(208a) The Role of Industry in Helping Shape University Brewing Education Programs | AIChE

(208a) The Role of Industry in Helping Shape University Brewing Education Programs


McMichael, A. - Presenter, Western Kentucky University
In the last five years, an increasing number of universities have initiated academic brewing programs aimed at meeting the needs of the brewing and distilling industry—both at the “craft” and the industrial scale. Some programs very specifically try to fill gaps in knowledge of brewing science, while other programs focus on running a business. Still other programs are concerned with the industry as a whole.

These programs have “grown up” amid a decrease for public funding of higher education, as well as increasing public pressure to focus on immediate post-graduation employment. Whatever the merits of these two pressures, they are the reality, and brewing and distilling programs must address this.

The craft brewing and distilling industries play a key role in the Kentucky economy, and faculty at Western Kentucky University have expertise in various related areas. From 2010 up through 2014, representatives from the college of science and the college of arts and humanities interviewed brewers at the Great American Beer Festival in Denver and brewers and distillers around Kentucky to get a sense of industry needs in order to help shape a nascent brewing and distilling program.

The data from those interviews helped shape program curriculum into an interdisciplinary, workforce development program. The brewing and distilling program draws on expertise from the departments of chemistry, biology, history, management, entrepreneurship, tourism, agriculture, and others.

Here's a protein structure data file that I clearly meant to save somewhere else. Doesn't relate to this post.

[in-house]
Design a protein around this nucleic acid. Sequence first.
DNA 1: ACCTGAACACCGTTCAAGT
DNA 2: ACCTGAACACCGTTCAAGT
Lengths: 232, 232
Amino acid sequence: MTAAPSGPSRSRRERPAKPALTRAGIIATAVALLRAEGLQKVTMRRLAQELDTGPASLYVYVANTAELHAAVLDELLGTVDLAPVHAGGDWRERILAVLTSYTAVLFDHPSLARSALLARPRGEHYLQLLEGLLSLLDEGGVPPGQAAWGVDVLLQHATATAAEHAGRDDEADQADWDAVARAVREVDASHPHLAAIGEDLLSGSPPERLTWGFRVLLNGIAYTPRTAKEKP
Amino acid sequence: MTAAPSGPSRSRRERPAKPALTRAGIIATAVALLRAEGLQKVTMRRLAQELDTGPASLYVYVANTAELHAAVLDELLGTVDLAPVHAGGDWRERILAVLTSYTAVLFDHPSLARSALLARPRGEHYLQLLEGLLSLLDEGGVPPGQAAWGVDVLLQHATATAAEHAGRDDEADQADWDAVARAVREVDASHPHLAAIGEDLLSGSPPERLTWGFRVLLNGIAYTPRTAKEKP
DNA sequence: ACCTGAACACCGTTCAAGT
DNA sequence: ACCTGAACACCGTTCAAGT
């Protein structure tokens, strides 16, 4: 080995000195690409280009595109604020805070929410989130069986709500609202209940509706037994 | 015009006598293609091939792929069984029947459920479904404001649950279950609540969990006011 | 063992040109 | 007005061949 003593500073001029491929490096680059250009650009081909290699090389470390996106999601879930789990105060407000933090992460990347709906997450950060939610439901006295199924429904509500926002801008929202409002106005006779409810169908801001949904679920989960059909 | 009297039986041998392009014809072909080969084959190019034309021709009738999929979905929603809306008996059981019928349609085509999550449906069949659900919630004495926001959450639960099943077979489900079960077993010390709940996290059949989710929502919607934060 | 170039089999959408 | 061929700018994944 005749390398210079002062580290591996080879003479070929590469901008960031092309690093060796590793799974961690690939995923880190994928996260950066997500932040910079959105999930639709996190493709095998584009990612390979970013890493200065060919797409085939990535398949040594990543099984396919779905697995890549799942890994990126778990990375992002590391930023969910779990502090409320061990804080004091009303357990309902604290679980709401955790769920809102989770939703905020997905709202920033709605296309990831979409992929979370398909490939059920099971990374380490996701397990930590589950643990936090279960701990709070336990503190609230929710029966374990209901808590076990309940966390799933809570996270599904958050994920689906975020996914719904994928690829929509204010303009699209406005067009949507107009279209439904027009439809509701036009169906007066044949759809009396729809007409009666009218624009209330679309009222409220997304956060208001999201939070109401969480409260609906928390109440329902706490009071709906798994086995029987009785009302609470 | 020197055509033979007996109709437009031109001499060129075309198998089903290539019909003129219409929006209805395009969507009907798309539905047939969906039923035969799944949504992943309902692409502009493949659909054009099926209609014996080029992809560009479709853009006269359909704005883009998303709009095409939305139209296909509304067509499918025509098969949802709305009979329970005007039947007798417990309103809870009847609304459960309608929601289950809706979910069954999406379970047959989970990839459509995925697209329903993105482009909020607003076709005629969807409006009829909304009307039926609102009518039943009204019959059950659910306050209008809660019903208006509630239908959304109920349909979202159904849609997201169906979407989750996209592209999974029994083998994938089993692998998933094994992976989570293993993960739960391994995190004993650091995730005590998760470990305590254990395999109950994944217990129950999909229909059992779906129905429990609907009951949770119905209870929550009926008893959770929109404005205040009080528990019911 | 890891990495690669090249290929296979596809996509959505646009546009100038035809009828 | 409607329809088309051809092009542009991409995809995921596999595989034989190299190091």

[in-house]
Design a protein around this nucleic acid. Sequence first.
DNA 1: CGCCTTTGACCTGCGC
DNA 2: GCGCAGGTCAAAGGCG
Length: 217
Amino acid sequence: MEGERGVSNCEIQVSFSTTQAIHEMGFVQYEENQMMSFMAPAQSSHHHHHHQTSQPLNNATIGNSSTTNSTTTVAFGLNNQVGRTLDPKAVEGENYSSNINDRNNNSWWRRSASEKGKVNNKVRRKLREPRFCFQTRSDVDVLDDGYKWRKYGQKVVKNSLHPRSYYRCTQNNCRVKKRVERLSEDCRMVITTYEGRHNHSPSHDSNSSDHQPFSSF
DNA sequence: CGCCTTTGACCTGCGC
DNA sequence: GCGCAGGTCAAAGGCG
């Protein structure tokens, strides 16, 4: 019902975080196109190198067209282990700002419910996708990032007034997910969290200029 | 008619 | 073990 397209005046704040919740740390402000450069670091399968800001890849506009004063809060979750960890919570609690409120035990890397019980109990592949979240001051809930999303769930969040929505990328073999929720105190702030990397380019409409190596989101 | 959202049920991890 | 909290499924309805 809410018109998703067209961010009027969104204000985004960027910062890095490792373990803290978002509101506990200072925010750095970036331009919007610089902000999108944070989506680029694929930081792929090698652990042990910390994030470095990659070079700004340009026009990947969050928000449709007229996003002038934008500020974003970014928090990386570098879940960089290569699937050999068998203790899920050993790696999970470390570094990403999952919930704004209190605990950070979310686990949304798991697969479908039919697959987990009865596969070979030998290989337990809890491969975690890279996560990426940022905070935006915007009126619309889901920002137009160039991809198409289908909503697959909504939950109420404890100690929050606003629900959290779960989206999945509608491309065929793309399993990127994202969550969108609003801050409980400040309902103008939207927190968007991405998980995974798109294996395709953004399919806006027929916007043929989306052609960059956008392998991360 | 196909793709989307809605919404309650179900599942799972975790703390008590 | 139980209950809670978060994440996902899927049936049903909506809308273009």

Those interviews also facilitated a corporate partnership that helped seed the program with more than $500,000 in cash and in-kind donations, including building renovation, a new student classroom-lab, and the installation on campus of a large production-level brewery staffed by our students. The new program is financially independent of the university, and the gift came with yearly financial program support and a licensing agreement on beer sales that provides an ongoing, independent revenue stream for the program. The collaboration led to benefits for other programs—the corporate partner now sends a yearly, fully-funded cohort to the MA in Agriculture, is exploring similar options with the Department of Biology, and provided a major gift of equipment to the university farm. Students with majors as diverse as Agriculture, Photojournalism, Chemistry, Tourism, and Economics now work in the industry, and the intercollegiate model has attracted national and international attention.

Dr. Andrew McMichael is the Associate Dean of the Potter College of Arts & Letters at Western Kentucky University, a Professor History, and the co-Coordinator of the Brewing and Distilling Arts & Sciences Program. This presentation will focus on the development of the Brewing and Distilling Arts & Sciences program at Western Kentucky University, and how corporate partnerships at the initial stages, as well as ongoing collaborations, have helped shape a workforce development program in brewing and distilling.